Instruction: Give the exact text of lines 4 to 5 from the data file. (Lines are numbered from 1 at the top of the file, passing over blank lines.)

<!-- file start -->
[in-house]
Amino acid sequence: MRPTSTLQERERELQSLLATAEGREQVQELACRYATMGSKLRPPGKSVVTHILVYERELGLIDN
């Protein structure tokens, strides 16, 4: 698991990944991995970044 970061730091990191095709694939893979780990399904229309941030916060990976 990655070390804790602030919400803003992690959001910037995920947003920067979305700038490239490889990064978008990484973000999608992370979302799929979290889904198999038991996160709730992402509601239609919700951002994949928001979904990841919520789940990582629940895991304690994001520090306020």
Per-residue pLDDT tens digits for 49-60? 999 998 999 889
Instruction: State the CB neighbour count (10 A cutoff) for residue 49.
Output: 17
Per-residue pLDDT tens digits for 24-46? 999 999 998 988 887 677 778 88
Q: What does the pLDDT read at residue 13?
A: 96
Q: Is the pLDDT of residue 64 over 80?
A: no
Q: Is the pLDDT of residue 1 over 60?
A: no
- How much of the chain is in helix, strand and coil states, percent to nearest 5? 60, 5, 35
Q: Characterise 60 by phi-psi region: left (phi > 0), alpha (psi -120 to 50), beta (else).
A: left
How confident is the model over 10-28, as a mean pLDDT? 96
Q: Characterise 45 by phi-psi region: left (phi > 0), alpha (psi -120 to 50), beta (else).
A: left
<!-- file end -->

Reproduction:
Per-residue pLDDT tens digits for 49-60? 999 998 999 889
Instruction: State the CB neighbour count (10 A cutoff) for residue 49.